Struggling renters put pressure on landlords to sell or tighten tenant screening

Many renters are struggling to stay afloat amid the coronavirus pandemic, a pair of recent studies showed, putting increasing pressure on their landlords.

About 1 in 12 renters — or 2.82 million households — missed, delayed, or made a reduced payment in September, according to the Mortgage Bankers Association, a trade organization. The percentage of renters receiving unemployment benefits more than doubled from April to September, increasing to 7% from 3%, the internet panel survey of over 8,000 households found.

“There’s an awful lot of evidence that federal support in terms of stimulus checks and the paycheck protection program have really done a tremendous job of supporting households in making rental payments,” said Jamie Woodwell, MBA’s vice president of commercial real estate research. “But some of those resources are starting to wane.”

In a separate survey of 1,381 landlords from Avail and the Urban Institute, 35.2% landlords didn’t receive 100% of rent payments for September, and a slightly larger share — 38.1% — didn’t expect to get full payments for October.

More than three-quarters of landlords who didn’t get September payments said that their tenants “didn’t or can’t pay in full,” according to the survey from the advisory platform for mom-and-pop landlords, while 12.9% offered their tenants a discount to ease the financial burdens of the pandemic.

Key aid is running out

The results come as government aid runs out and rental assistance is harder to find.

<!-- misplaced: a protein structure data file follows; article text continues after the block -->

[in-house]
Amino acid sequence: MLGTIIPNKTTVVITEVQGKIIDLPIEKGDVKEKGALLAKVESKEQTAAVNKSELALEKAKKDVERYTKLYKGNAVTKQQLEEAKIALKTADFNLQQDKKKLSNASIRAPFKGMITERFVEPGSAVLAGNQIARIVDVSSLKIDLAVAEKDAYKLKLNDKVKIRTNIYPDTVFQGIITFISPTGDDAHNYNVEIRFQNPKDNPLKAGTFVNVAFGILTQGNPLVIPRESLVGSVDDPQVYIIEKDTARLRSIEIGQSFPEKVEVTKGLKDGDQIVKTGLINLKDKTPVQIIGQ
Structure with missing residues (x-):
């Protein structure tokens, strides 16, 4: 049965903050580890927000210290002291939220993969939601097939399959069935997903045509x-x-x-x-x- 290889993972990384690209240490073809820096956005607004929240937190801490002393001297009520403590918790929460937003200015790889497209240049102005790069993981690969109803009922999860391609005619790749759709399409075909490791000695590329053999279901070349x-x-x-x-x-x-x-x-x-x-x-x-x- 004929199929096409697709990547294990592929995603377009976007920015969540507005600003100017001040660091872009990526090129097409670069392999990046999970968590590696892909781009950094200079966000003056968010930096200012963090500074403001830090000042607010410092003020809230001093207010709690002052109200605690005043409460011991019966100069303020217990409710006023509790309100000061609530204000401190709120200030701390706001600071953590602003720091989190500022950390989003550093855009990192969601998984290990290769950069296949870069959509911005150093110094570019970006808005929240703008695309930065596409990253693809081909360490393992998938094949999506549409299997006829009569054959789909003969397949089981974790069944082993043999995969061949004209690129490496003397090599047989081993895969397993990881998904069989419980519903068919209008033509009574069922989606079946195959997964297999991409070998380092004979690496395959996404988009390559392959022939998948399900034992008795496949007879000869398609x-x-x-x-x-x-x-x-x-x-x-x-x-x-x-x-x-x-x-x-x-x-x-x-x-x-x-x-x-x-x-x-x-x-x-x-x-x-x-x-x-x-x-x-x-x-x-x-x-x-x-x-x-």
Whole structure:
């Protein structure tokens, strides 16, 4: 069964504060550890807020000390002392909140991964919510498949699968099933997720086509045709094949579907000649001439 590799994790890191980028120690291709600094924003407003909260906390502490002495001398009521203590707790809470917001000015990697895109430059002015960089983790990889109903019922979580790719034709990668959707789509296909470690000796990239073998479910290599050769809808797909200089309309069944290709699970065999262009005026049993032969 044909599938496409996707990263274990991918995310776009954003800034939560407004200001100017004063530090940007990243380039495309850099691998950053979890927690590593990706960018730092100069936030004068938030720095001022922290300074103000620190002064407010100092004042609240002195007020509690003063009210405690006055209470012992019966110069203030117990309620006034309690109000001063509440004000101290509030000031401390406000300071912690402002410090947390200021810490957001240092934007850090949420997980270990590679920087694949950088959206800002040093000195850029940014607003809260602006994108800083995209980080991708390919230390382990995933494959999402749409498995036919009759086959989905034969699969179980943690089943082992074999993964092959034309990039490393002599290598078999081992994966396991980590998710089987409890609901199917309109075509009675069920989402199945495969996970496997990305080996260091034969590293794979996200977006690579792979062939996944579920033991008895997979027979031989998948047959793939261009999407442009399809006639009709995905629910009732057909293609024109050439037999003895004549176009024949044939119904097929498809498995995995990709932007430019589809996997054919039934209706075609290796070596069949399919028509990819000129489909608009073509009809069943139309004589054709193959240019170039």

Jobless Americans already experienced two financial cliffs: first, the expiration of the extra $600 in weekly unemployment benefits under the CARES Act in July and the second, the expiration of the extra $300 under Lost Wages Assistance (LWA) program in September.

The expiration of two other government programs at the end of the year could leave up to 15 million more out-work-Americans without any unemployment benefits.

At the same time, the National Low Income Housing Coalition found that nearly a third of city and county level rental assistance programs were on hold or their funds had dried up.

Snowball effect on landlords

This can have a snowball effect on property owners, too, both studies highlighted.

Over the second and third quarters, 11.0% of renters have missed one payment over the two quarters, 4.0% missing two payments, 2.8% missing three payments and 3.8% missing four or more payments, according to MBA. As a result, rental property owners have lost up to $9.2 billion in Q3 2020 from these missed payments.

As missed payments add up, landlords are implementing stricter criteria when screening new clients. The Urban Institute and Avail study found that 35.6% of landlords have tightened their criteria, with 50% of Black and Hispanice landlords focusing on previous evictions when choosing tenants. This is in comparison to 35% for white landlords.

Many landlords are also considering selling their properties. The same study found that about 31% of landlords felt they were more pressured now than pre-pandemic times to sell their property, especially among those who didn’t receive full rent in September.

Earlier this year President Trump had utilized the Centers for Disease Control and Prevention’s authority to enact an eviction moratorium until December 31. Borrowers who met a set of criteria and filled out a declaration form on the CDC’s website, could defer rental payments.

But experts worry that an avalanche of evictions may follow once this moratorium lifts at the end of the year.

“We definitely see some churning and those who miss three, four, or five payments are in serious trouble,” said Eddie Seiler, associate vice president at MBA. “After one payment, you’re at the edge of the cliff.”